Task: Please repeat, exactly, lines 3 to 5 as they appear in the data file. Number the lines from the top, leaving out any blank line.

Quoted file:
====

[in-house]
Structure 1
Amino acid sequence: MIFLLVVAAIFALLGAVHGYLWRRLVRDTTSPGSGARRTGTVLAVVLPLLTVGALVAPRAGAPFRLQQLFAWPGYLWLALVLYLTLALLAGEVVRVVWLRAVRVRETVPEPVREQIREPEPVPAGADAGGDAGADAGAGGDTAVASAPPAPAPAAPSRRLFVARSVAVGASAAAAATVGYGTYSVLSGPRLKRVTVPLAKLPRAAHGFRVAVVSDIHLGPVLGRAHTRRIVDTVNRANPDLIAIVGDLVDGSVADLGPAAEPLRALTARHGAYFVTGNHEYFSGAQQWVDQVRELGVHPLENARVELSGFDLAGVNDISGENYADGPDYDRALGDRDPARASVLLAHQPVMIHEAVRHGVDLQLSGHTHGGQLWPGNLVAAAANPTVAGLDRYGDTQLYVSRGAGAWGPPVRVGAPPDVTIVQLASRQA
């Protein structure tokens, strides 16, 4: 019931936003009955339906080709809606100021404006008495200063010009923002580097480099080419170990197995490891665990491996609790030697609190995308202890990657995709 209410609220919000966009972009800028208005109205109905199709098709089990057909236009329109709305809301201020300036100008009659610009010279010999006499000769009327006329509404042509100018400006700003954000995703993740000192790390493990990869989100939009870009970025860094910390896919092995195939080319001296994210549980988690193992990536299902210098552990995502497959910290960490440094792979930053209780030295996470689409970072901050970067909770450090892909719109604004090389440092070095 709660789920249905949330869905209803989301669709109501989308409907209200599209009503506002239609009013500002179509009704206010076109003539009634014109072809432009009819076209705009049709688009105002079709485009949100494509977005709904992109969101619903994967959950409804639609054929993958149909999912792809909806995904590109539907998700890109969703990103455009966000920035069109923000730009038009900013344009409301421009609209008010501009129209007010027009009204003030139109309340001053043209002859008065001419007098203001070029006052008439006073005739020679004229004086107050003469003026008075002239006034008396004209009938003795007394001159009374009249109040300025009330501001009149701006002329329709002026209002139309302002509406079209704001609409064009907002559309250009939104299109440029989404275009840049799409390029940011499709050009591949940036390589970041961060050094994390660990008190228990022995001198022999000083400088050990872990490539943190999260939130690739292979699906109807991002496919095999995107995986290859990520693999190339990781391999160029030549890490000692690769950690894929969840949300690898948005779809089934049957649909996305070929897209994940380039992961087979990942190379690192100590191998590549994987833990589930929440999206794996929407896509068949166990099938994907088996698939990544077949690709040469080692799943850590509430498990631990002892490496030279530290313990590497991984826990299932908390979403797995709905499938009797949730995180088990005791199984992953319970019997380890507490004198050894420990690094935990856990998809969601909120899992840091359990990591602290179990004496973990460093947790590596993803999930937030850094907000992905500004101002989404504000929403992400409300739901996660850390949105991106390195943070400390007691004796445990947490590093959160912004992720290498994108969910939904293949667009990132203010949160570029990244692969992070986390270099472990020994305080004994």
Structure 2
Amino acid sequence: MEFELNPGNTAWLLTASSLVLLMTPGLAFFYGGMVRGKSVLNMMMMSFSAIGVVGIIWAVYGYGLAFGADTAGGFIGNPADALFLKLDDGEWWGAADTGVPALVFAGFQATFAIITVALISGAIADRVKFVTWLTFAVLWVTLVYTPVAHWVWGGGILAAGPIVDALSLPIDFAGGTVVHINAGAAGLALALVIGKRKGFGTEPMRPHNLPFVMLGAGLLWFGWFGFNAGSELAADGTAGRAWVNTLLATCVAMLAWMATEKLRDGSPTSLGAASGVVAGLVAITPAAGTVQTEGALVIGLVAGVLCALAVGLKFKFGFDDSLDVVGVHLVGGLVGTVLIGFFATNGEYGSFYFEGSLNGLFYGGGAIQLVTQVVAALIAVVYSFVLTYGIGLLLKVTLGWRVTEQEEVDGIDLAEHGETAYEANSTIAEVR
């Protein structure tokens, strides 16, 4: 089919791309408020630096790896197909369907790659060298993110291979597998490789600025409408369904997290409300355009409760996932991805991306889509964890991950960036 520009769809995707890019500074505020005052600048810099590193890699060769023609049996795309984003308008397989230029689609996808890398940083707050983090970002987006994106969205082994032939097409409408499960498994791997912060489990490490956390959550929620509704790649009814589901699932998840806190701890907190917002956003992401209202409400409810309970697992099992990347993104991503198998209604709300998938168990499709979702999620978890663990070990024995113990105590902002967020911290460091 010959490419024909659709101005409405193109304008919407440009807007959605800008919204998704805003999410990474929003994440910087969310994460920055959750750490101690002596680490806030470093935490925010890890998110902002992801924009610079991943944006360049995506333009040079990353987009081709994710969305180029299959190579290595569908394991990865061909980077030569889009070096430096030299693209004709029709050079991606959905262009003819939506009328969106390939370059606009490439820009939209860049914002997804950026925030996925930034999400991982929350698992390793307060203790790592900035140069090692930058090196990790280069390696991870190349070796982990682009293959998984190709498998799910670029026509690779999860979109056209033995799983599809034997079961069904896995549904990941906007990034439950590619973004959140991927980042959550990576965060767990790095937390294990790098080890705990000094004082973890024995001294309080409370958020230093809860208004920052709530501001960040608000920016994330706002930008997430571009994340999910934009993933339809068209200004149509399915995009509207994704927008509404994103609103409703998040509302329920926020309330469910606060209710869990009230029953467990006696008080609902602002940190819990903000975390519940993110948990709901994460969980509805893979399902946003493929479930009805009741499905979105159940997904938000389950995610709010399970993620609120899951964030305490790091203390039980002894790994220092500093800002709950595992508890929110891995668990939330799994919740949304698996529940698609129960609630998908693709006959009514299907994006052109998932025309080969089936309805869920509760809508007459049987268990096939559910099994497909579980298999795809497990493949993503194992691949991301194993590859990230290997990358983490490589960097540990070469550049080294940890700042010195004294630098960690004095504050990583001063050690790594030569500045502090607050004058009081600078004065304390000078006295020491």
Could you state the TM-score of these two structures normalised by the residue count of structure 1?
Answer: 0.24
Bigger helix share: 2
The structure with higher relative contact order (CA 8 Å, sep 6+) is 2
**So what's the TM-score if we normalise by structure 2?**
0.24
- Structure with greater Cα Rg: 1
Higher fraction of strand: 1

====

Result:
Amino acid sequence: MIFLLVVAAIFALLGAVHGYLWRRLVRDTTSPGSGARRTGTVLAVVLPLLTVGALVAPRAGAPFRLQQLFAWPGYLWLALVLYLTLALLAGEVVRVVWLRAVRVRETVPEPVREQIREPEPVPAGADAGGDAGADAGAGGDTAVASAPPAPAPAAPSRRLFVARSVAVGASAAAAATVGYGTYSVLSGPRLKRVTVPLAKLPRAAHGFRVAVVSDIHLGPVLGRAHTRRIVDTVNRANPDLIAIVGDLVDGSVADLGPAAEPLRALTARHGAYFVTGNHEYFSGAQQWVDQVRELGVHPLENARVELSGFDLAGVNDISGENYADGPDYDRALGDRDPARASVLLAHQPVMIHEAVRHGVDLQLSGHTHGGQLWPGNLVAAAANPTVAGLDRYGDTQLYVSRGAGAWGPPVRVGAPPDVTIVQLASRQA
């Protein structure tokens, strides 16, 4: 019931936003009955339906080709809606100021404006008495200063010009923002580097480099080419170990197995490891665990491996609790030697609190995308202890990657995709 209410609220919000966009972009800028208005109205109905199709098709089990057909236009329109709305809301201020300036100008009659610009010279010999006499000769009327006329509404042509100018400006700003954000995703993740000192790390493990990869989100939009870009970025860094910390896919092995195939080319001296994210549980988690193992990536299902210098552990995502497959910290960490440094792979930053209780030295996470689409970072901050970067909770450090892909719109604004090389440092070095 709660789920249905949330869905209803989301669709109501989308409907209200599209009503506002239609009013500002179509009704206010076109003539009634014109072809432009009819076209705009049709688009105002079709485009949100494509977005709904992109969101619903994967959950409804639609054929993958149909999912792809909806995904590109539907998700890109969703990103455009966000920035069109923000730009038009900013344009409301421009609209008010501009129209007010027009009204003030139109309340001053043209002859008065001419007098203001070029006052008439006073005739020679004229004086107050003469003026008075002239006034008396004209009938003795007394001159009374009249109040300025009330501001009149701006002329329709002026209002139309302002509406079209704001609409064009907002559309250009939104299109440029989404275009840049799409390029940011499709050009591949940036390589970041961060050094994390660990008190228990022995001198022999000083400088050990872990490539943190999260939130690739292979699906109807991002496919095999995107995986290859990520693999190339990781391999160029030549890490000692690769950690894929969840949300690898948005779809089934049957649909996305070929897209994940380039992961087979990942190379690192100590191998590549994987833990589930929440999206794996929407896509068949166990099938994907088996698939990544077949690709040469080692799943850590509430498990631990002892490496030279530290313990590497991984826990299932908390979403797995709905499938009797949730995180088990005791199984992953319970019997380890507490004198050894420990690094935990856990998809969601909120899992840091359990990591602290179990004496973990460093947790590596993803999930937030850094907000992905500004101002989404504000929403992400409300739901996660850390949105991106390195943070400390007691004796445990947490590093959160912004992720290498994108969910939904293949667009990132203010949160570029990244692969992070986390270099472990020994305080004994």
Structure 2